The map of the Biomes of Russia
The Biomes of Russia - Faculty of Geography Lomonosov Moscow State University, Russian Geographical Society, WWF-Russia. 2018
The map of "The Biomes of Russia" is the result of many years of joint work of botanists and zoologists of the Department of Biogeography in various areas and cartographic support of the extensive problem of the "Geography of biodiversity".
The Biomes of Russia map illustrates the patterns of spatial differentiation of biotic cover of Russia, determined by indicators characterizing the flora and fauna of the country. The map is based on the biome concept (Walter, Bruce, 1980) and the idea of the geographical dimension of geosystems (Sochava, 1978). A biome is a large zonal ecosystem that combines a number of interconnected, smaller ecosystems, and which reflects the interaction of regional biota with climate and landscape structure. A biome’s biotic components evolve in relationship with, and dependent on, its abiotic components. Biomes reflect the ecological potential of a territory more fully than their separate components.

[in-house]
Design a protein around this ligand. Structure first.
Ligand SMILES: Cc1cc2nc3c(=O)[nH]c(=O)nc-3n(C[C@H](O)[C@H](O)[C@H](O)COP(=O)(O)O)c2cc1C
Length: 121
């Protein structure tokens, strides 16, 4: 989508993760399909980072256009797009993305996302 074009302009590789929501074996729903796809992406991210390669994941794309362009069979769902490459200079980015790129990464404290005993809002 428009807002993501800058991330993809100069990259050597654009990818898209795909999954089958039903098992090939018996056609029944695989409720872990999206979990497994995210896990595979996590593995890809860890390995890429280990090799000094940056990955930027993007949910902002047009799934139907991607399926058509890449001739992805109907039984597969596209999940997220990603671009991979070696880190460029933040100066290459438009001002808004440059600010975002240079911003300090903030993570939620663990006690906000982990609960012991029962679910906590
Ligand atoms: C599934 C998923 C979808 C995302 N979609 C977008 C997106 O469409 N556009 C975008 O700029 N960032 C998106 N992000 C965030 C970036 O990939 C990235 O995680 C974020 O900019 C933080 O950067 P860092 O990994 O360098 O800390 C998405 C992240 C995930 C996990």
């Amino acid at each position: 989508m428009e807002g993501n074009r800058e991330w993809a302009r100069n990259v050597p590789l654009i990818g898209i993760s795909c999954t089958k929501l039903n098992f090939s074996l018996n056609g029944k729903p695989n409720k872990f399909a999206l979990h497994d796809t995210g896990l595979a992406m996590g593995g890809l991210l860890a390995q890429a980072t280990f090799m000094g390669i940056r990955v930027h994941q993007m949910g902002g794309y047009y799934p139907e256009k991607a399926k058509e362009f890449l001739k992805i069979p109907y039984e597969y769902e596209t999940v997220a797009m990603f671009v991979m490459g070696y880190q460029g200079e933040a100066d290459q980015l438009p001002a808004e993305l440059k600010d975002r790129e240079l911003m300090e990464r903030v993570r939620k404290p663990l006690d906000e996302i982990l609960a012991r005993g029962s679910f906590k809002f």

The map of zonal biomes (zonobiomes) and mountain biomes (first order orobiomes) is represented by the ecosystems of the regional dimension within the zones on the plains, and in accordance with the types of altitudinal zonation in the mountains, respectively. For most of the biomes, geographical variations were highlighted: for plain these were considered underzones, and for orobiomes they were considered in accordance with the variants of altitudinal belt spectra. Characteristics of regional biomes and geographic options include bioclimatic indicators shown on climate charts and the ecological structure of the biotic cover with a quantitative assessment of biological diversity for the main groups of terrestrial organisms.
Quantitative assessment of plant species aims to give a general (comparative) idea of the modern floristic richness of biomes. It is given for vascular plants (with regard to two indicators), mosses, lichens, as well as for terrestrial vertebrates: mammals, birds, reptiles and amphibians..
Second edition. For higher education institutions